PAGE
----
After a deal was struck between two developers, the project to transform an Aberdeen landmark that has laid derelict for decades is due to start by the end of the year. The property firm Dandara bought the Triple Kirks site for an estimated £4million from the Stewart Milne Group, which secured planning permission to build office space in 2011, and predicts to invest £20 million on the new development. The project will involve the retention of the historic spire at the A-listed former church, which was built in 1843, and is regarded as one of renowned city architect Archibald Simpson’s finest achievements. Sources confirm that the building process will proceed regardless of future city-centre re-developments and is expected to be ready by the end of 2015.
The project: transforming Aberdeen’s landmark into office space
The chartered architect that will overtake the project, John Halliday Fraser Munro, unveiled proposals last week for a major over-haul of the Denburn Valley area. These are based on re-locating the entrance to the city’s train station to Union Street. The Triple Kirks office space plans were also drawn up by Halliday Fraser Munro, which showed excited about the new project and all the possibilities of the location.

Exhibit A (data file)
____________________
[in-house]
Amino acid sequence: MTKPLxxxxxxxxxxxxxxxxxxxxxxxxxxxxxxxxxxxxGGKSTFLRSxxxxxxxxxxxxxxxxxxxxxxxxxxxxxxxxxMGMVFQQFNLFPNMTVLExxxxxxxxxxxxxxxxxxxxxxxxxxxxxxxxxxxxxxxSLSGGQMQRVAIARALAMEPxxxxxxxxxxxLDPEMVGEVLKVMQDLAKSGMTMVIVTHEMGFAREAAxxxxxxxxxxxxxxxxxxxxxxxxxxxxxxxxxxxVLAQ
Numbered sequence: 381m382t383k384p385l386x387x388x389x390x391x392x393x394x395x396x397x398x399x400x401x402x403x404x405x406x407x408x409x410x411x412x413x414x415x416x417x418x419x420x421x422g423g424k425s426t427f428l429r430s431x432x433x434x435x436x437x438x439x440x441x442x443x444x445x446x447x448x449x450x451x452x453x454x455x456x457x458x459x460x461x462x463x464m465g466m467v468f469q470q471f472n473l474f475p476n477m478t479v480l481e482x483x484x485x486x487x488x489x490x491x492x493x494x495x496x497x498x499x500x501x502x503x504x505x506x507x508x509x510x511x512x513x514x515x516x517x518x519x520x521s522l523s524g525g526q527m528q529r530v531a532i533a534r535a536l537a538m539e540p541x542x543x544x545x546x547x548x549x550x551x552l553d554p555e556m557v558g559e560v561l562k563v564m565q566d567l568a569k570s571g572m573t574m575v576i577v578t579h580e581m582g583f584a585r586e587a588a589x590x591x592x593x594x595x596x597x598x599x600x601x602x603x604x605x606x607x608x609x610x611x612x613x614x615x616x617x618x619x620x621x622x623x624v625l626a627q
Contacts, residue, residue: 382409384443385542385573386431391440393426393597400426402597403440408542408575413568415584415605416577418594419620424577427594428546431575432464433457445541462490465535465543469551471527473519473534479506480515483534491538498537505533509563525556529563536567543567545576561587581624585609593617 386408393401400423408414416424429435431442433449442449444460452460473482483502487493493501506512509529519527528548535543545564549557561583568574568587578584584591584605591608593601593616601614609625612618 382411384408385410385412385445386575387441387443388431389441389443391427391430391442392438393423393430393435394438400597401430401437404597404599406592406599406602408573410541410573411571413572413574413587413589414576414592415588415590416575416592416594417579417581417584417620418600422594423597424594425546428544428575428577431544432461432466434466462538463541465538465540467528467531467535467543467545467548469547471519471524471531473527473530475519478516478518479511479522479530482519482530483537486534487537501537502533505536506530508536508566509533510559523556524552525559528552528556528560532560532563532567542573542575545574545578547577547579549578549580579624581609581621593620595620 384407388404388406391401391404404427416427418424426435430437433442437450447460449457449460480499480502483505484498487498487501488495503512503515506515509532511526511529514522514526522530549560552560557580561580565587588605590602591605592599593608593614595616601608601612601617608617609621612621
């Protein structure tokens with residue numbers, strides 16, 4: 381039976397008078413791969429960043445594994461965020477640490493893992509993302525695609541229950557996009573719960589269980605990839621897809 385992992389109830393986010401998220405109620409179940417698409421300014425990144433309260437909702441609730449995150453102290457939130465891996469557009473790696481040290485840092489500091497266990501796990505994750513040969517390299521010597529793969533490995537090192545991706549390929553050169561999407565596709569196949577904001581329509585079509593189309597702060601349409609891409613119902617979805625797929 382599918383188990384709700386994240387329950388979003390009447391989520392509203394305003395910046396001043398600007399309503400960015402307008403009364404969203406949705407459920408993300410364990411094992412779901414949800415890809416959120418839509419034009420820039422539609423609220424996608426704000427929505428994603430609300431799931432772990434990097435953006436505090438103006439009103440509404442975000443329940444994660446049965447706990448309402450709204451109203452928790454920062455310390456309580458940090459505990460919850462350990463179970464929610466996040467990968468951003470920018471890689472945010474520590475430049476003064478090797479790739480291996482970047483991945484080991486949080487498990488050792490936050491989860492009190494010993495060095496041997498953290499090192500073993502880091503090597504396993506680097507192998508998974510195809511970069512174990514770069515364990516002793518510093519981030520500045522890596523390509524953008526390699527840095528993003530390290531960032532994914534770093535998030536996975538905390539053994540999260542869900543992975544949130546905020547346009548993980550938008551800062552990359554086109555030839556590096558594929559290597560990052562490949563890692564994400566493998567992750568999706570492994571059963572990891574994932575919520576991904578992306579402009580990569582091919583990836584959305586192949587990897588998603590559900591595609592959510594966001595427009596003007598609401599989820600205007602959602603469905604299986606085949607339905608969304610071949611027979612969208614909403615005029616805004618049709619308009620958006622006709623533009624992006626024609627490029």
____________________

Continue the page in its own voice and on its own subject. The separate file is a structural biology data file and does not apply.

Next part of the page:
Gavin Wyley, managing director of Dandara in Aberdeen, also revealed that this bespoke new office space will be named The Point. The development will provide 7,342 sq.m. (80,000 sq.ft.) of commercial space at the former North Kirk section of the site. The property firm is expecting “strong interest” in the project from prospective tenants. According to Wyley, these would be attracted by the idea of finding a location in the centre of Aberdeen that would accommodate to their specific needs.
Last night, news of progress at the site after a lengthy delay was also welcomed by council leader Barney Crockett as a “great step forward” for the city.